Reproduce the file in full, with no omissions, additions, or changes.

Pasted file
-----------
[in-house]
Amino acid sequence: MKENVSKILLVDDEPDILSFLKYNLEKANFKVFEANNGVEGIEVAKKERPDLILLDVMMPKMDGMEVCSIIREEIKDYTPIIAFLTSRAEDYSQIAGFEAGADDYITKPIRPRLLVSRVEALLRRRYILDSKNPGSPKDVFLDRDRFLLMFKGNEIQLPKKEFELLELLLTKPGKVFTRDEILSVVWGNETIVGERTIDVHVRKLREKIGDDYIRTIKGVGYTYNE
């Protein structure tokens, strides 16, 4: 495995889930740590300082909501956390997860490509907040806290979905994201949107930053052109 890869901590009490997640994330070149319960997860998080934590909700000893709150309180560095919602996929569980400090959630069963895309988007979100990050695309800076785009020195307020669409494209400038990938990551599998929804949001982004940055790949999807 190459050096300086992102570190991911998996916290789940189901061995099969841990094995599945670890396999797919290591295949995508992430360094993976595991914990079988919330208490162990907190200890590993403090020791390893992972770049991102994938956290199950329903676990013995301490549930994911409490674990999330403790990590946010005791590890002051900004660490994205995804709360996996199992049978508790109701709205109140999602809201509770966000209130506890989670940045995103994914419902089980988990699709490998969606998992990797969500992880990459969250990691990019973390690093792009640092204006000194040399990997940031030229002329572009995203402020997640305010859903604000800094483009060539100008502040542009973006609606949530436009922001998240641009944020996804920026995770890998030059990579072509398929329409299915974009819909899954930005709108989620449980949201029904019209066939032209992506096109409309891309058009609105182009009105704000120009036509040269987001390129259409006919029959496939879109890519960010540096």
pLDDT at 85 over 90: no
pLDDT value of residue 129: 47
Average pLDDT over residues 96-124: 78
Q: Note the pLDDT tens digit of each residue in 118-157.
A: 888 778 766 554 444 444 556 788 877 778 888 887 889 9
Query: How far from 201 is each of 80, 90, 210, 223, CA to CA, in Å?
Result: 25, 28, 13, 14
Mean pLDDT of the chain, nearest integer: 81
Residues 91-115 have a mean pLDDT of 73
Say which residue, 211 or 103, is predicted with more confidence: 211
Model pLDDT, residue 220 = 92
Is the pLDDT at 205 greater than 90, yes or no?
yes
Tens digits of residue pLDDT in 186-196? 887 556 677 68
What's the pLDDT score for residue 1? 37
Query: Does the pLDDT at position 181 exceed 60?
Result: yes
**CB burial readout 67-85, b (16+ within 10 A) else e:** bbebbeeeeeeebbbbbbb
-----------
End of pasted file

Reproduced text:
[in-house]
Amino acid sequence: MKENVSKILLVDDEPDILSFLKYNLEKANFKVFEANNGVEGIEVAKKERPDLILLDVMMPKMDGMEVCSIIREEIKDYTPIIAFLTSRAEDYSQIAGFEAGADDYITKPIRPRLLVSRVEALLRRRYILDSKNPGSPKDVFLDRDRFLLMFKGNEIQLPKKEFELLELLLTKPGKVFTRDEILSVVWGNETIVGERTIDVHVRKLREKIGDDYIRTIKGVGYTYNE
């Protein structure tokens, strides 16, 4: 495995889930740590300082909501956390997860490509907040806290979905994201949107930053052109 890869901590009490997640994330070149319960997860998080934590909700000893709150309180560095919602996929569980400090959630069963895309988007979100990050695309800076785009020195307020669409494209400038990938990551599998929804949001982004940055790949999807 190459050096300086992102570190991911998996916290789940189901061995099969841990094995599945670890396999797919290591295949995508992430360094993976595991914990079988919330208490162990907190200890590993403090020791390893992972770049991102994938956290199950329903676990013995301490549930994911409490674990999330403790990590946010005791590890002051900004660490994205995804709360996996199992049978508790109701709205109140999602809201509770966000209130506890989670940045995103994914419902089980988990699709490998969606998992990797969500992880990459969250990691990019973390690093792009640092204006000194040399990997940031030229002329572009995203402020997640305010859903604000800094483009060539100008502040542009973006609606949530436009922001998240641009944020996804920026995770890998030059990579072509398929329409299915974009819909899954930005709108989620449980949201029904019209066939032209992506096109409309891309058009609105182009009105704000120009036509040269987001390129259409006919029959496939879109890519960010540096």
pLDDT at 85 over 90: no
pLDDT value of residue 129: 47
Average pLDDT over residues 96-124: 78
Q: Note the pLDDT tens digit of each residue in 118-157.
A: 888 778 766 554 444 444 556 788 877 778 888 887 889 9
Query: How far from 201 is each of 80, 90, 210, 223, CA to CA, in Å?
Result: 25, 28, 13, 14
Mean pLDDT of the chain, nearest integer: 81
Residues 91-115 have a mean pLDDT of 73
Say which residue, 211 or 103, is predicted with more confidence: 211
Model pLDDT, residue 220 = 92
Is the pLDDT at 205 greater than 90, yes or no?
yes
Tens digits of residue pLDDT in 186-196? 887 556 677 68
What's the pLDDT score for residue 1? 37
Query: Does the pLDDT at position 181 exceed 60?
Result: yes
**CB burial readout 67-85, b (16+ within 10 A) else e:** bbebbeeeeeeebbbbbbb